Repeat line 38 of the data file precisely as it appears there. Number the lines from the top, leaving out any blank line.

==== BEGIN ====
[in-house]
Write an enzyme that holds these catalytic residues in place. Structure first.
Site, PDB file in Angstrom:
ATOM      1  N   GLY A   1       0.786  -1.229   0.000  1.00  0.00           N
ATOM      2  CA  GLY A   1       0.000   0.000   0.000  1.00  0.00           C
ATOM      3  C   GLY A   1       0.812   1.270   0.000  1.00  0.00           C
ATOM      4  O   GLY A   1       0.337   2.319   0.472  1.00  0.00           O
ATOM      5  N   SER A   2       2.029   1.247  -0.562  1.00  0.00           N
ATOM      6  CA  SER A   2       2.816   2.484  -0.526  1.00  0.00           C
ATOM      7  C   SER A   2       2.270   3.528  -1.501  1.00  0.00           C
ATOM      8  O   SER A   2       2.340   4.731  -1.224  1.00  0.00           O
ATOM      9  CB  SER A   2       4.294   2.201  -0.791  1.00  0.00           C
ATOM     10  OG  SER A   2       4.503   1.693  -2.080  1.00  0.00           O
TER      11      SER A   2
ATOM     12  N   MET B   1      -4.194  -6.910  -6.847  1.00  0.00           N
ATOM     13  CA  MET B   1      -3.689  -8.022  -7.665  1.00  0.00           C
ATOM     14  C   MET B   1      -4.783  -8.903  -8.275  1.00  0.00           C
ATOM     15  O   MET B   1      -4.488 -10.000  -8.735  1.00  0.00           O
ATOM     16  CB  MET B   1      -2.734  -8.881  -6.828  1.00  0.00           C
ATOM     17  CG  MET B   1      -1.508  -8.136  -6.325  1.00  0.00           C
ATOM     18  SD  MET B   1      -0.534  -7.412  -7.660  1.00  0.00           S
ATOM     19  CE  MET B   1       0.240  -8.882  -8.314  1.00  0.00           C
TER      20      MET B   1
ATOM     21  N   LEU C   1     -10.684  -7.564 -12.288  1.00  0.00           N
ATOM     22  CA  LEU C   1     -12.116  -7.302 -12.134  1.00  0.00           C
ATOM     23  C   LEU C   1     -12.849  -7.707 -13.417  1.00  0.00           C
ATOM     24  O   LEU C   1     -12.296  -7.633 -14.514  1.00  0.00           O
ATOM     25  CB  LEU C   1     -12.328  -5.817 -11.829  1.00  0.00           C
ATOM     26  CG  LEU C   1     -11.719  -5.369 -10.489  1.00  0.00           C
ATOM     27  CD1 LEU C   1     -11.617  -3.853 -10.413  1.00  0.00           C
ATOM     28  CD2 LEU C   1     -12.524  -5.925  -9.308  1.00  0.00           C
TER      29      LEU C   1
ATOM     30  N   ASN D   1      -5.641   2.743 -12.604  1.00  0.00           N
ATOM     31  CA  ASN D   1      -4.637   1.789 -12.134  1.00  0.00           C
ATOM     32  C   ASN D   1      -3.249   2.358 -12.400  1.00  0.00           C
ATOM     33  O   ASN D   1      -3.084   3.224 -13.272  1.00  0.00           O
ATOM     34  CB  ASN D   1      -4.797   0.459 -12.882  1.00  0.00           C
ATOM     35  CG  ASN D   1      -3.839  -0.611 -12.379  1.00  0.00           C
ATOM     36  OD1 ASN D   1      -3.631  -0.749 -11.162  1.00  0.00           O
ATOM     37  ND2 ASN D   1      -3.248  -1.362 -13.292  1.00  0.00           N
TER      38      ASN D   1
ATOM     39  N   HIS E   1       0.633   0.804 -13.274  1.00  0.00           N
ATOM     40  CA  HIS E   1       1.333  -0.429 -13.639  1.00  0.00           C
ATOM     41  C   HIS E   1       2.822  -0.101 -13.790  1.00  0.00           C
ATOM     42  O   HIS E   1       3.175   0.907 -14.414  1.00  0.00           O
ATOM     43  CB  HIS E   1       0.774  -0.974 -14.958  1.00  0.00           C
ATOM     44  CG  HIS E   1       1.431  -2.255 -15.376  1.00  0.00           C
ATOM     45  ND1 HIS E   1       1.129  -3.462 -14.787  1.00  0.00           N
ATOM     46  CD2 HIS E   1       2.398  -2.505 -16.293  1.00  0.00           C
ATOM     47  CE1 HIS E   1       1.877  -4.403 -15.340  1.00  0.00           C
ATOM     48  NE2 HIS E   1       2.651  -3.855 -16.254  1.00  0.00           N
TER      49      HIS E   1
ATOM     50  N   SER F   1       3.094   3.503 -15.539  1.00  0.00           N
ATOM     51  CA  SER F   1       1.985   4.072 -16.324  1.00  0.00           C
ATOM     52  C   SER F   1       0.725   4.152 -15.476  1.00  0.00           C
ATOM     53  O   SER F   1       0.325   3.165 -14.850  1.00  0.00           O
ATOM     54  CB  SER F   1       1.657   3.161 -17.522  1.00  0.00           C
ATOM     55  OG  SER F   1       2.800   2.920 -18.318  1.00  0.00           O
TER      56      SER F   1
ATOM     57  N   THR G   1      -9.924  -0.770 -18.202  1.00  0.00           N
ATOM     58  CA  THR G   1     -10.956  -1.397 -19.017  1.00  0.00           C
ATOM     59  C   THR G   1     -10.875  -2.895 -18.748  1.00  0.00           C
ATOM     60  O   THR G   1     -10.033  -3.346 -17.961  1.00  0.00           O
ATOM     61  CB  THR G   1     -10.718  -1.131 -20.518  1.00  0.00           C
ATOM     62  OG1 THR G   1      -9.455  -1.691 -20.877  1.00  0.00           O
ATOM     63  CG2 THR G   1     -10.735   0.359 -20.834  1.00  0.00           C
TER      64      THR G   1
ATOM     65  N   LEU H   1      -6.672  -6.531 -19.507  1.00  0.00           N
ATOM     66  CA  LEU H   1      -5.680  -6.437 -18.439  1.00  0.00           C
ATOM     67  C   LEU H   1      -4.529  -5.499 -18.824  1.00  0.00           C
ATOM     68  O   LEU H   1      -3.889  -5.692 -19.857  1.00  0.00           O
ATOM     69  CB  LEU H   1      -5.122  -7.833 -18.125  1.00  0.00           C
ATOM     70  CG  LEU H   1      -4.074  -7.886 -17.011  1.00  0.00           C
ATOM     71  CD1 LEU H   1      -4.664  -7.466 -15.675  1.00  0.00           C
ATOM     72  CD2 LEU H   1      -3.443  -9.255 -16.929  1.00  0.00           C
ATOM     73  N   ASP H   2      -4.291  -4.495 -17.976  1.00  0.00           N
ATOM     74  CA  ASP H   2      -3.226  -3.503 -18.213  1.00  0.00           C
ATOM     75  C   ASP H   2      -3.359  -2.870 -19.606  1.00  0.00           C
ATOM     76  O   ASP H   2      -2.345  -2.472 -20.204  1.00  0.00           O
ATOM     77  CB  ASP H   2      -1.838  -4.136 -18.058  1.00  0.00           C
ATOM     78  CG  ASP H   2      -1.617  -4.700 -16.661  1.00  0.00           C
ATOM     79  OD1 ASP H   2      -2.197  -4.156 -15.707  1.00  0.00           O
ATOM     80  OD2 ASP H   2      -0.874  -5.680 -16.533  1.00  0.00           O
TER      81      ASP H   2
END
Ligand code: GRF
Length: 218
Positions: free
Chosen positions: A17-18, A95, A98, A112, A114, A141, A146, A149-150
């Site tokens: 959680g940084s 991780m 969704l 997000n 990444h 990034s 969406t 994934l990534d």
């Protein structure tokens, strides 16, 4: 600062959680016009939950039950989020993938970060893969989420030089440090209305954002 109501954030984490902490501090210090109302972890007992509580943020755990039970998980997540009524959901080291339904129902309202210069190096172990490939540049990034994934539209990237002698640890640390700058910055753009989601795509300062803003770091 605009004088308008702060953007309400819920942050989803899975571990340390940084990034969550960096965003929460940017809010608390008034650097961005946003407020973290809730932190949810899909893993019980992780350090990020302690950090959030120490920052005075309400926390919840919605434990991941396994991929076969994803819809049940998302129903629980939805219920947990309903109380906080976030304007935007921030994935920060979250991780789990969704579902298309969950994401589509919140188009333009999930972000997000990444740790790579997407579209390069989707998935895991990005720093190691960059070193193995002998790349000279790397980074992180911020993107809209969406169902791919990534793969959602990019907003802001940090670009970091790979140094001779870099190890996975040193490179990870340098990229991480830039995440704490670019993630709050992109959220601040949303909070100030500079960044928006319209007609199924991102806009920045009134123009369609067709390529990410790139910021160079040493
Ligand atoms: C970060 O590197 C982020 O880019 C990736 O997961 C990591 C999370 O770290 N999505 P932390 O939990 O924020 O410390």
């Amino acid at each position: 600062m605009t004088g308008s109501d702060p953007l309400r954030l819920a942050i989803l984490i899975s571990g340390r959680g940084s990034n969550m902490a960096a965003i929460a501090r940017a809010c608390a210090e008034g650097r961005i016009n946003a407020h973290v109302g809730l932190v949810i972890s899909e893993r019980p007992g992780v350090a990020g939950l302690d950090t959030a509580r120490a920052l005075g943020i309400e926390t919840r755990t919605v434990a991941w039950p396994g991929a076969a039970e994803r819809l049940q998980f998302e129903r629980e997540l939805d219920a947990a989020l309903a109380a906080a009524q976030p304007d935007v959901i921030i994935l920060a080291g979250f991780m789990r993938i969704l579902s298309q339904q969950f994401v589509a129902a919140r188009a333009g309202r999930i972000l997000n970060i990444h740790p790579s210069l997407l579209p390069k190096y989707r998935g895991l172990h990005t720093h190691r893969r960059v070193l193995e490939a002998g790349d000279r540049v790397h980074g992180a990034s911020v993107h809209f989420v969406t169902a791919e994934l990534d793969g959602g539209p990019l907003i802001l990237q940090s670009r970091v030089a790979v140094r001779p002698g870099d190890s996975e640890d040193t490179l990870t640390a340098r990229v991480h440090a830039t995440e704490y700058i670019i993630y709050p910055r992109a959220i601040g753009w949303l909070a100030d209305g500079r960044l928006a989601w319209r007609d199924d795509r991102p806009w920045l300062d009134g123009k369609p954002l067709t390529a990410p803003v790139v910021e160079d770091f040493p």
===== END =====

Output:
ATOM     35  CG  ASN D   1      -3.839  -0.611 -12.379  1.00  0.00           C